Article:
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Thursday, October 27, 2016

Economic History: The Roots of Growth

Brad DeLong (reviewing Joel Mokyr's A Culture of Growth: The Origins of the Modern Economy in Nature):

Economic history: The roots of growth: What is modern economic growth? Going by the best available measure (it might be more honest to say 'guess'), today's average material living standards and economic productivity levels are some 20 times what they were in the agricultural era (about 6000 BC to AD 1500). And the efficiency with which humanity uses technology and organization to transform resources into useful commodities is currently growing at 2% per year — perhaps 100 times the rate common before the Industrial Revolution.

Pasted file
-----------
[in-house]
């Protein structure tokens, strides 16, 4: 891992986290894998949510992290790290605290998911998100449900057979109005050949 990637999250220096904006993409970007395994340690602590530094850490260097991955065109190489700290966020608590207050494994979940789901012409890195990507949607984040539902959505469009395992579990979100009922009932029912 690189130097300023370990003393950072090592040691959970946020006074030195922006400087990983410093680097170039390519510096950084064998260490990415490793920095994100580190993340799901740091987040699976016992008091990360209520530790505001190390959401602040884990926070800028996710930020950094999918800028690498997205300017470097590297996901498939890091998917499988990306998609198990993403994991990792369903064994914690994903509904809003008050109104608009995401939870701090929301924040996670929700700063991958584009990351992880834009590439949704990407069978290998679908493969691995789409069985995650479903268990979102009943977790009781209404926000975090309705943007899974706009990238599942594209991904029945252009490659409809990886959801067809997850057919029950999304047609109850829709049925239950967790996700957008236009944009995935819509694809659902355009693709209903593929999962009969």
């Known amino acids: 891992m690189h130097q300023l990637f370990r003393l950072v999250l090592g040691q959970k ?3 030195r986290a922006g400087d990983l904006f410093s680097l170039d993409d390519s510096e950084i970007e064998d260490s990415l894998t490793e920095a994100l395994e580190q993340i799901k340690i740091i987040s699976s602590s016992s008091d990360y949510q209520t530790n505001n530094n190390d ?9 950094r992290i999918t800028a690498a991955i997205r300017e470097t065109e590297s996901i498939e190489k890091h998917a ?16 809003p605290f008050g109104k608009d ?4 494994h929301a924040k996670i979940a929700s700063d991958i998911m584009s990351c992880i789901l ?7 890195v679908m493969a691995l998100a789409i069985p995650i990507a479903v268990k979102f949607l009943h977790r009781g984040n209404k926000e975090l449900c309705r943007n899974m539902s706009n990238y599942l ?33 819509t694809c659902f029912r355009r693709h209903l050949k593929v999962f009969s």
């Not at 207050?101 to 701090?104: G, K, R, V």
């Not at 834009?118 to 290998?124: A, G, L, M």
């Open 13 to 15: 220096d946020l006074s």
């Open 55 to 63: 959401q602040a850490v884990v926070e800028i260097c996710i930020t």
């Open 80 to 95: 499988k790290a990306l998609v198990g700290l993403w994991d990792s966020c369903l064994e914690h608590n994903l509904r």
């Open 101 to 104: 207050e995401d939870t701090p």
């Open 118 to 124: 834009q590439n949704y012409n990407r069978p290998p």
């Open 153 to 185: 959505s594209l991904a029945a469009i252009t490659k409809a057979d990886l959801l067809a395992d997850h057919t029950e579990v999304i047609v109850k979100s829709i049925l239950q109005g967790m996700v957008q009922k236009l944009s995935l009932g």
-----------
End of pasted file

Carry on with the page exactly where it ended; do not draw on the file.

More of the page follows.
Some think that the current rate will slow down. But very few see it coming to a rapid end, unless there is a nuclear war or an equivalent catastrophe. The slowing will come as low-hanging fruit is picked and resource scarcities bite; but resource exhaustion followed by crash, as described in Jay Forrester's 1971 World Dynamics (Wright-Allen Press), is likely only in systems in which scarce resources are not rationed by high prices.
What set the stage for industrial expansion and unleashed the virtuous spirals that drive growth? ...

    Posted by on Thursday, October 27, 2016 at 10:15 AM in Books, Economics | Permalink  Comments (18)


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